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Working through some measure theory, I came upon the Lebesgue-like decomposition for monotonic functions. In that context, I've cooked up a singular measure $\nu$ on $[0,1]$ about which I know only that it is regular Borel, continuous, and satisfies $\nu K = 0$ for some $K \subset [0,1]$ of full Lebesgue measure.

I would like to conclude that $K$ contains a subset $K'$ of full Lebesgue measure for which each element $x$ satisfies $$ \nu\bigl((x-1/n,x+1/n)\bigr) = \mathcal O(1/n)~~. $$ This would be sufficient to demonstrate that the function mapping $x \mapsto \nu\bigl([0,x]\bigr)$ is singular, in the sense of having an a.e. defined and vanishing derivative (of course, it is continuous as well by continuity of $\nu$).

I'd appreciate any comments on how to show the above bound, and whether that's a good strategy for approaching the problem of defining a singular function from a singular measure. My other thought was that perhaps there is a standard way to 'remove' density from the complement of $K$ (using continuity) sufficiently to form an open set containing $K$ with zero $\nu$-measure, from which the result follows (and the singular set looks much more like the complement of a Cantor set).

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You do not need that condition. Your measure is already singular continuous, so your mapping must give you a singular continuous function. – Thomas Jan 17 '13 at 11:12
@Thomas Sure, but the condition I gave is equivalent to the mapping having a vanishing derivative at $x$, which for singularity must be true for all $x$ in a set of full measure; it's not clear to me how without some work in that direction, the result could come obviously. – Eugene Shvarts Jan 17 '13 at 18:56
Ah, I see, so you want to show that if a measure is singular, then the cumulative distribution function is singular, right? – Thomas Jan 17 '13 at 20:49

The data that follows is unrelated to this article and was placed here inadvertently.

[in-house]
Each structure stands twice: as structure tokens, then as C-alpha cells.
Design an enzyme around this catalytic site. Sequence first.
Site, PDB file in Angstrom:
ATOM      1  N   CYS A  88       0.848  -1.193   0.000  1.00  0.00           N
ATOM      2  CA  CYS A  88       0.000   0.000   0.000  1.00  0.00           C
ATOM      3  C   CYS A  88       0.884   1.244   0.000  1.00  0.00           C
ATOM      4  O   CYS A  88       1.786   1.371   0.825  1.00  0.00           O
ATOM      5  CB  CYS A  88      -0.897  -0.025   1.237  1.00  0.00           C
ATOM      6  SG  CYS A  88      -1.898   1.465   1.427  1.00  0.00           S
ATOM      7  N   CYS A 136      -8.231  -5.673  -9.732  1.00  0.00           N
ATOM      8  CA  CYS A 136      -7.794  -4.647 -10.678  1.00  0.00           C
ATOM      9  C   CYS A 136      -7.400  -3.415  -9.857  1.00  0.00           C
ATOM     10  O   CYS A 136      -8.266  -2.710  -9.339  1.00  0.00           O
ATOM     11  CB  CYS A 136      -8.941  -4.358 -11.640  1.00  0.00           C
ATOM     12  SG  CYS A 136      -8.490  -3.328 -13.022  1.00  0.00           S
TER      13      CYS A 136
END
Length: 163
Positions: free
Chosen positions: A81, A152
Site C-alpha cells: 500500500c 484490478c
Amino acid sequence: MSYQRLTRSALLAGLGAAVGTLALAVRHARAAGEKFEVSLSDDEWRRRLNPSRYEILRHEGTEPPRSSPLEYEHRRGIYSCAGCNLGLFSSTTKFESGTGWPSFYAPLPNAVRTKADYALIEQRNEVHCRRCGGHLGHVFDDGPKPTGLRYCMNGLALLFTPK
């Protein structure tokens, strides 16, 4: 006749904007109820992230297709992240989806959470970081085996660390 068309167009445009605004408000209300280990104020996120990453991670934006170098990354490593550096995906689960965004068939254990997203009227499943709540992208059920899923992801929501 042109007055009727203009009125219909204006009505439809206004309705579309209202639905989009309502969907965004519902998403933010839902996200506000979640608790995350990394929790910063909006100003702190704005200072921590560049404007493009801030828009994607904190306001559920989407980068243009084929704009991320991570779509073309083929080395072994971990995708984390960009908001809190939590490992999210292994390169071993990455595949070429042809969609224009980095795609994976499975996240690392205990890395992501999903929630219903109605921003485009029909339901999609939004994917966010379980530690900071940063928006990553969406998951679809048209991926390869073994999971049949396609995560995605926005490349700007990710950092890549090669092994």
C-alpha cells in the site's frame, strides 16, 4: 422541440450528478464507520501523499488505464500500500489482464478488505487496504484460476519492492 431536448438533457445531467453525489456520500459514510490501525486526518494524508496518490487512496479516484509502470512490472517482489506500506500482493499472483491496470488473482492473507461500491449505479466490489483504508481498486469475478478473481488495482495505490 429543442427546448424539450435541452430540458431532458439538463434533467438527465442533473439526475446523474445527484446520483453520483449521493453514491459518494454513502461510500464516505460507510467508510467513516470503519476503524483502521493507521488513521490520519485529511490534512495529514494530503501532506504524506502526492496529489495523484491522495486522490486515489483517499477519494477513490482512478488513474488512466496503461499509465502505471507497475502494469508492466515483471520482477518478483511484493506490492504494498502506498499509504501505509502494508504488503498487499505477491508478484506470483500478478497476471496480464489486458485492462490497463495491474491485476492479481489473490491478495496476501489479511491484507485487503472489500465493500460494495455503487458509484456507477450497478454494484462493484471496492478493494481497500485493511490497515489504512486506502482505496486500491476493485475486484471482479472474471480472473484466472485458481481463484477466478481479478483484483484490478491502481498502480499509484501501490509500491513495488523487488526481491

@Thomas Spot-on. After doing some more reading, it looks like going through bounded-variation function methods will be easier, but I'm still curious if this is a good approach (since, all else equal, it's still true). – Eugene Shvarts Jan 17 '13 at 20:53
up vote 1 down vote accepted

Let us call $$D^+ \nu (x) := \limsup_{\varepsilon \to 0} {\frac{\nu(]x-\varepsilon,x+\varepsilon[)}{2\varepsilon}},\, D^- \nu (x) := \liminf_{\varepsilon \to 0} {\frac{\nu(]x-\varepsilon,x+\varepsilon[)}{2\varepsilon}}.$$ You can show with the help of the Vitali covering theorem, that for a measurable set $A \subseteq [0,1]$ we have $$D^+ \nu(x) \geq q \quad \forall\, x \in A \qquad \Longrightarrow \qquad \nu(A) \geq q \lambda(A).$$ Now consider $A_n := \{x \in K \: | \: D^+ \nu(x) \geq 1/n\}$. Then we get $\nu(A_n) \geq \lambda(A_n)/n$, but the left-hand side is $0$, so $\lambda(A_n) = 0$ and by taking the limit $\lambda(\{x \in K \: | \: D^+ \nu(x) > 0\}) = 0$, which means $\lambda(\{x \in K \: | \: D \nu(x) = 0\}) = \lambda(K) - 0 = 1$. So the derivative exists almost everywhere and is zero where it exists.

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Thanks Thomas! It's interesting to see things done the measure-theoretic way. – Eugene Shvarts Jan 17 '13 at 22:43

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